Okefenokee Nature Trip
A Deep South safari through a mystic dark swamp.
Explore the Okefenokee Swamp, the largest, intact, un-fragmented, freshwater and black water wilderness swamp in North America.
Expect those little hairs on the back of your neck to stand on end as you try to escape the feeling that you’re being watched. Alligator eyes confirm that you are, indeed, being watched as they glisten above the water’s black eerie surface and peer out from behind majestic cypress trees along the shore.
Some critters are bolder: a great blue heron may swoop in and land a few feet away from you, while a dragonfly might alight on your shoulder just as you spy a snake soaking up some sun on a fallen log. Any exploration of the Okefenokee National Wildlife Refuge will be a heart-thumping safari you will never forget.
While your nature trip to Okefenokee is guaranteed to be exhilarating, the one thing it won’t be is dangerous (as long as you follow guidelines and common sense). “If it were dangerous, we wouldn’t let anyone out there,” says Joy Campbell, who, with her husband Chip, operates Okefenokee Adventures, the official cooperating partner of the Okefenokee National Wildlife Refuge.
“It’s an awesome ecosystem,” she says of the largest “blackwater” swamp in North America. “There’s nothing to be afraid of.”
As many as 20,000 alligators consider this spongy peat bog home, so the odds of spotting the reptiles during a visit are high, though there’s no guarantee. Egrets, herons, ibis and cranes, standing ankle-deep in mirrored-black water are also common sights. Circling hawks, hooting owls, rambling turkeys, leaping white-tailed deer and playful otters are additional possibilities to see during your trip. Fox squirrels and gopher tortoises are not shy, while black bears and bobcats are Okefenokee’s more elusive residents. Listen for the chiseling and pecking of the endangered red-cockaded woodpecker.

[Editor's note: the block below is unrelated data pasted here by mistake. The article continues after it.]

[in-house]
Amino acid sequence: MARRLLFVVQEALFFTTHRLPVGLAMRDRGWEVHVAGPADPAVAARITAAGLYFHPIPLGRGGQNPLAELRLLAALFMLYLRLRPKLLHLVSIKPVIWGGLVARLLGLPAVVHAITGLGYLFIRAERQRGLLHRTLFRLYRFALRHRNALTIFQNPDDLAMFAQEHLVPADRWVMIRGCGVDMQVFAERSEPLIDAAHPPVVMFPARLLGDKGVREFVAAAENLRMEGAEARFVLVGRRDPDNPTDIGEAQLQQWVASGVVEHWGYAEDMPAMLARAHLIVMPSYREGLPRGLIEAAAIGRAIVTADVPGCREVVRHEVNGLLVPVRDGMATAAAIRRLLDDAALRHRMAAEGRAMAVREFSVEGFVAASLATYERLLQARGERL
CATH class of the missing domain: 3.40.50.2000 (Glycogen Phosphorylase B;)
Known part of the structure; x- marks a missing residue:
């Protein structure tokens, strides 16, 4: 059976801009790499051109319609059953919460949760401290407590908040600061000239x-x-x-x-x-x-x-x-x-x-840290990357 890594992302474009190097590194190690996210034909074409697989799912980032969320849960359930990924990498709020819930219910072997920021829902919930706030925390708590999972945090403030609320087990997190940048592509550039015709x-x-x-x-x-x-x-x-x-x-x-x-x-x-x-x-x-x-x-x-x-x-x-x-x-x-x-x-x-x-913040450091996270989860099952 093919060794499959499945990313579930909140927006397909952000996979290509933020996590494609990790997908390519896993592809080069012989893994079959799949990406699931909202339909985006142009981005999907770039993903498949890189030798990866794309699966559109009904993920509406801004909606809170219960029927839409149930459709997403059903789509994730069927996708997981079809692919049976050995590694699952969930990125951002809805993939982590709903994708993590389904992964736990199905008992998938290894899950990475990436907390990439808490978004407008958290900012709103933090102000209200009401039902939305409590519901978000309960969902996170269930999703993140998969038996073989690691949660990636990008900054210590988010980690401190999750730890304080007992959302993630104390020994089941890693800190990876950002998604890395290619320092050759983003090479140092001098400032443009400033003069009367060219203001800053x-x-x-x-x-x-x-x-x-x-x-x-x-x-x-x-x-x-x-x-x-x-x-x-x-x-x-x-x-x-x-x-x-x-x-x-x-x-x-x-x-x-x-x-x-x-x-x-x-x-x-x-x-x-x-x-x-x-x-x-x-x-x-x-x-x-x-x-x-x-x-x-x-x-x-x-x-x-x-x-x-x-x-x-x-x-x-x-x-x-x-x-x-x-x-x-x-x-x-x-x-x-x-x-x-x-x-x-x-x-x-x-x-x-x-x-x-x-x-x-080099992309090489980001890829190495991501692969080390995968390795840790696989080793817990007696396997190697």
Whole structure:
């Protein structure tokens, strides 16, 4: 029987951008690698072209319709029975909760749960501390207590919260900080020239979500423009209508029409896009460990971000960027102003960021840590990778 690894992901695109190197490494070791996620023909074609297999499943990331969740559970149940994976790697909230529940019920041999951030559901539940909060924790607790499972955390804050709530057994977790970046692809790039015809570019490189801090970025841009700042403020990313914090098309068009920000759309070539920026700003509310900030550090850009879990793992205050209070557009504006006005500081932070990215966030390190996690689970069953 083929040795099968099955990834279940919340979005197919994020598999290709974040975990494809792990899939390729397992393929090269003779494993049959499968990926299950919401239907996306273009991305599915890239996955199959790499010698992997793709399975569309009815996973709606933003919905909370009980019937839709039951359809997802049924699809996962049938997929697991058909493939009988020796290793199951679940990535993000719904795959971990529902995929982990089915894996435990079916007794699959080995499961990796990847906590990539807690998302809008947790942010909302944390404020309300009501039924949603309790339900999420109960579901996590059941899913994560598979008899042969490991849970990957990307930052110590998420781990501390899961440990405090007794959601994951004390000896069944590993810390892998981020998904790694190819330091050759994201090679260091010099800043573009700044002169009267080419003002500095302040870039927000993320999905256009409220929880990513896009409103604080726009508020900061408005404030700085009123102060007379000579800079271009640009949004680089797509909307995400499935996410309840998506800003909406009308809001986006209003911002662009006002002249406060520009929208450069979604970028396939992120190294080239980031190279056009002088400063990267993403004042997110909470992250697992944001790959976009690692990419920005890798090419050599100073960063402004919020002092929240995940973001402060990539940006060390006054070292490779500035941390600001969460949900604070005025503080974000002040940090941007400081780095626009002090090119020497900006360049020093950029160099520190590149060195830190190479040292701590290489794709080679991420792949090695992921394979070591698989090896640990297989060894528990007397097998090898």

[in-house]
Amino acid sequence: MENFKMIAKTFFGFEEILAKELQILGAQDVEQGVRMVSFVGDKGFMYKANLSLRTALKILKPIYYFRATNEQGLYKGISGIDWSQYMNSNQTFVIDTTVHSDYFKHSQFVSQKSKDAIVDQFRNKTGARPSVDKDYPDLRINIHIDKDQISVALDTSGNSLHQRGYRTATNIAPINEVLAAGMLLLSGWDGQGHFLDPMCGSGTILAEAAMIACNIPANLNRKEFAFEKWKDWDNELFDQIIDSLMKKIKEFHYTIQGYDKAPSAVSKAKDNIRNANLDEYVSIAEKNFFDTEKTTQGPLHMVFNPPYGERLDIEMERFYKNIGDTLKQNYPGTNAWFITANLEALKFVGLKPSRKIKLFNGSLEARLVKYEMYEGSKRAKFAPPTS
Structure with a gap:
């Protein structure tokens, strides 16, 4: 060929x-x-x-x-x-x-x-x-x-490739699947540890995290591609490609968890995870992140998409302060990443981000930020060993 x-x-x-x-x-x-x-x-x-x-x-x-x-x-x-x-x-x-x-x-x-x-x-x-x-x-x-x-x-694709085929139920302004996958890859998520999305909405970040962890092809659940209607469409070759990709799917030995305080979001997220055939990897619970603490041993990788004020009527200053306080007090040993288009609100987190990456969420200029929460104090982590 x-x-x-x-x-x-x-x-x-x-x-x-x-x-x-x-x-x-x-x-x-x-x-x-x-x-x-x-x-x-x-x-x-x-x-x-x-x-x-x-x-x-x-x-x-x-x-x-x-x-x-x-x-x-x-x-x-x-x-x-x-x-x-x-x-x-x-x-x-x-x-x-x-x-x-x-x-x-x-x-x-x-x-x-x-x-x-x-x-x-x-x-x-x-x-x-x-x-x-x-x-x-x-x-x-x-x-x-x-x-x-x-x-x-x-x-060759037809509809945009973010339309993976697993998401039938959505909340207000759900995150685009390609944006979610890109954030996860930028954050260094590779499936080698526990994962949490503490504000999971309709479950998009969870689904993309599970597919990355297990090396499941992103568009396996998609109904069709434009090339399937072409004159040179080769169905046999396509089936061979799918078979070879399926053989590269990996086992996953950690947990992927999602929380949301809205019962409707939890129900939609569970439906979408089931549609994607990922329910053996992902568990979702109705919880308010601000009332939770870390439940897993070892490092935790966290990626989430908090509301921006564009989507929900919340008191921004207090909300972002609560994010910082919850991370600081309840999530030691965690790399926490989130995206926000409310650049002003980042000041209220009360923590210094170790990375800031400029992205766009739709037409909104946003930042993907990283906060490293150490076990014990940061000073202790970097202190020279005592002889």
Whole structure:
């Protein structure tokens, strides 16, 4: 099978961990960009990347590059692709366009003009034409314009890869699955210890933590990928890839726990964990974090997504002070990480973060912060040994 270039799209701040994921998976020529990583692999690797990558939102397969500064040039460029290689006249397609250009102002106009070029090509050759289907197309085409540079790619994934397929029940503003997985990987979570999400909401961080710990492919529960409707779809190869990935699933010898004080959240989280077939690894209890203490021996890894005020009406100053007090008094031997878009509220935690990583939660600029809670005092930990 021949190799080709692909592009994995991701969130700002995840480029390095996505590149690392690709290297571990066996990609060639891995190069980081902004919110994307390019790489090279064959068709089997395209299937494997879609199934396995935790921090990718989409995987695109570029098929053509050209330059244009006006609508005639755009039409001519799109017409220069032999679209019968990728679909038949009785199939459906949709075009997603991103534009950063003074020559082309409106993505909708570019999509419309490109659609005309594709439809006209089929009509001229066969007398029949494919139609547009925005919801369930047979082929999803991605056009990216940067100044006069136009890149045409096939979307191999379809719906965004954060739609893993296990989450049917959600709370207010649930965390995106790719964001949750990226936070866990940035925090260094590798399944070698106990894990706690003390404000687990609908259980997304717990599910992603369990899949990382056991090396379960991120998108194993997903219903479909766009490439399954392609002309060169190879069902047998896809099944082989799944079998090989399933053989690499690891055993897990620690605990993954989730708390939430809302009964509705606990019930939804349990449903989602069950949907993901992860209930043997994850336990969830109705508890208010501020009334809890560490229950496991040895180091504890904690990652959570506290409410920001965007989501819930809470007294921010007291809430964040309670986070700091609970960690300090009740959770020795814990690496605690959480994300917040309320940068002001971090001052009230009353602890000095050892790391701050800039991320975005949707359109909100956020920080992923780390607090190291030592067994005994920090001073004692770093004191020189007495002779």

From white water lilies to red holly berries, more than 600 plant species reside in Okefenokee and reflect the season. Buds and blossoms burst each spring for the biggest annual display. Bugs are thickest in hot summer months, though the early hours of the day are generally comfortable. Fall brings subtle color changes, like the cypress needles’ transformation to burnt orange and the appearance of the delicate yellow tickseed sunflower. Migratory birds visit in winter months, which happen to be the best season for serious bird-watching.
While navigating a tour boat through this primitive wetland on a 90-minute or four-hour tour, expect expert guides to share facts and legends about the swamp along with personal stories that will both raise eyebrows and elicit laughs. Along with expertise on alligator biology, wetland ecology and cultural history, all guides possess pure passion for Okefenokee, which shines through each anecdote. If you prefer to go it alone, rent a kayak or canoe.
You can also hike, bike or drive along miles of trails — just stop in the interpretative center or gift shop to pick up maps and details before heading out to peek at the authentic swamp homestead. If complete immersion is the goal for your trip, try overnight camping in the backcountry wilderness. Fishing and hunting are also available to license holders.
Dense growth of pond cypress, saw-tooth palmetto, live oak, long-leaf pine and other plants dominate the landscape in areas, while other spaces are open because of fires that burned through the Okefenokee in 2007 and 2011. Fire is a natural and recurring part of the swamp’s history.
“The swamp looks changed, but beautiful,” says Campbell. “It grows back very quickly.”
The Native American term Okefenokee means “land of trembling earth.” Although you may not experience the ground trembling beneath your feet, you definitely will feel shivers of excitement as you discover Okefenokee.